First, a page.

Head and Neck Squamous Cell Carcinoma (HNSCC) is a leading cause of cancer deaths worldwide and recent unbiased comprehensive genomic characterizations of HNSCC revealed that TP53 is the most common somatically mutated gene in this tumor type. The main objective of this project is to explore novel ways to improve the outcome of HNSCC patients who harbor deleterious TP53 mutations. While it has been established that HNSCC patients harboring TP53 mutations tend to have poor therapeutic response, efforts to utilize p53 mutational status as a clinical biomarker to guide therapy have been unsuccessful thus far due to the complex heterogeneity of TP53 mutations. We have developed a novel TP53 scoring algorithm based upon evolutionary action (EAp53) that can accurately stratify patients as high or low risk subtypes, which we hypothesize will predict survival, therapeutic response and treatment failure in HNSCC patients. In this application, we first propose to validate this EAp53 scoring system in several HNSCC patient cohorts and in preclinical models. Moreover, we propose to demonstrate that the promising Wee-1 kinase inhibitor currently being used in clinical trials, MK-1775, in combination with cisplatin and/or radiation can overcome the high risk mutant p53-mediated resistance to chemotherapy or radiation in HNSCC using in vitro and in vivo models. We shall also examine the cellular and molecular mechanisms by which Wee-1 kinase inhibition sensitizes HNSCC to cisplatin and/or radiation treatment. Our work may have far reaching clinical significance by enabling identification of patients least likely to benefit from contemporary treatment strategies. In addition, we will overcome resistance to chemotherapy and radiation through synthetic lethal strategies targeting DNA repair and discover mechanisms driving the response of tumor cells to DNA damaging agents in the presence of Wee 1 kinase inhibition which could improve future cancer treatment.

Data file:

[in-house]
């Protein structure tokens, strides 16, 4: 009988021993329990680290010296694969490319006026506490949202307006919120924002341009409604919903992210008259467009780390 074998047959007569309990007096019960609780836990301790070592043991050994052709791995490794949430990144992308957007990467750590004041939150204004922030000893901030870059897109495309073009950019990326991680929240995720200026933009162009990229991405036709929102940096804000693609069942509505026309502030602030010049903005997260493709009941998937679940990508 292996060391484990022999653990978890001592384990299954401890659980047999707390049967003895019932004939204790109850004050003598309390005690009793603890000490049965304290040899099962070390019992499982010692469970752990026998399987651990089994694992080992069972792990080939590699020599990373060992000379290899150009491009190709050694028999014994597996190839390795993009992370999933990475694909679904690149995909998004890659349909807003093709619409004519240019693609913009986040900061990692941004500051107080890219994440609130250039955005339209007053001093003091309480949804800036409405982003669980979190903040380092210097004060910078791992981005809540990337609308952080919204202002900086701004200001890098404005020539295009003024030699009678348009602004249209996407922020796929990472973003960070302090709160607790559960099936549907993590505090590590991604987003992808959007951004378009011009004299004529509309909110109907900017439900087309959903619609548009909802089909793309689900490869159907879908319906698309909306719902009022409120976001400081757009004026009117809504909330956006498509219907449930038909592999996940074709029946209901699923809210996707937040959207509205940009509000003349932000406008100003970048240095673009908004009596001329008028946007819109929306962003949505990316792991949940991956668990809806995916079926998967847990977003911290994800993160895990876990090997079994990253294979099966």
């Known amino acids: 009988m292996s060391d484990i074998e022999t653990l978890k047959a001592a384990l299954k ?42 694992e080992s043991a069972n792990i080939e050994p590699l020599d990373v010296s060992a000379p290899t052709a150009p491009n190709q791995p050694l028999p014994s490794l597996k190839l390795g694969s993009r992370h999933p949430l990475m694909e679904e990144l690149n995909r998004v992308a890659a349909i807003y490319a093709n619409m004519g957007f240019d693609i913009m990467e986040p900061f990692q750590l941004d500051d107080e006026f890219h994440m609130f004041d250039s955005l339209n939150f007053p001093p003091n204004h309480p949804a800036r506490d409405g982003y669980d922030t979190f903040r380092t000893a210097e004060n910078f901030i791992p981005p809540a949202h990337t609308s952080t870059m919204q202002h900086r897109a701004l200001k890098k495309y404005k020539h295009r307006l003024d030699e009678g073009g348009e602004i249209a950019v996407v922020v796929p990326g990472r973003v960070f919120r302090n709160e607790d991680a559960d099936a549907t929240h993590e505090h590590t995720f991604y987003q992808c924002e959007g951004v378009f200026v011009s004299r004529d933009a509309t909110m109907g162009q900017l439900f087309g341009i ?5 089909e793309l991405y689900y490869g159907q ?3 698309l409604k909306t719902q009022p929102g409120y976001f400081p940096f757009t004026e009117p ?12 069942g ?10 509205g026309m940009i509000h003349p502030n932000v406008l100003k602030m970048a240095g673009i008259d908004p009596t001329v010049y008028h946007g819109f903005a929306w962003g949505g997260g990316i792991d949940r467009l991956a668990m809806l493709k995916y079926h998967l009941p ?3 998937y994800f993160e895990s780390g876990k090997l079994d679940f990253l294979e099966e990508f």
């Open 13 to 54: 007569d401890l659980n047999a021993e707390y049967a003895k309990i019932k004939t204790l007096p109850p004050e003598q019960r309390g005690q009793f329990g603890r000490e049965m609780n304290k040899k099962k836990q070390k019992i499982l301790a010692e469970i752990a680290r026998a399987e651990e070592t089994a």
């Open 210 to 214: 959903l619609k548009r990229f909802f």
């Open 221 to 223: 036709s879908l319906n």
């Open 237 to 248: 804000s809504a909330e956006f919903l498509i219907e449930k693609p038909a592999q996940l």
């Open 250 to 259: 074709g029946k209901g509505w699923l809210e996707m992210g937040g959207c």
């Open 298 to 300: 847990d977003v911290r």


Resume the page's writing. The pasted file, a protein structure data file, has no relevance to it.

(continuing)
Public Health Relevance

Head and Neck Cancer is the sixth most common cancer worldwide and is a devastating disease because of poor survival rates. We are studying the effect of p53 mutations on survival and response to chemoradiotherapy of patients with form of cancer. Our hope is that knowledge gained will lead to better and more personalized treatment for HNSCC patients.

National Institute of Health (NIH)
Research Project (R01)
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Developmental Therapeutics Study Section (DT)
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Venkatachalam, Sundaresan
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University of Texas MD Anderson Cancer Center
United States
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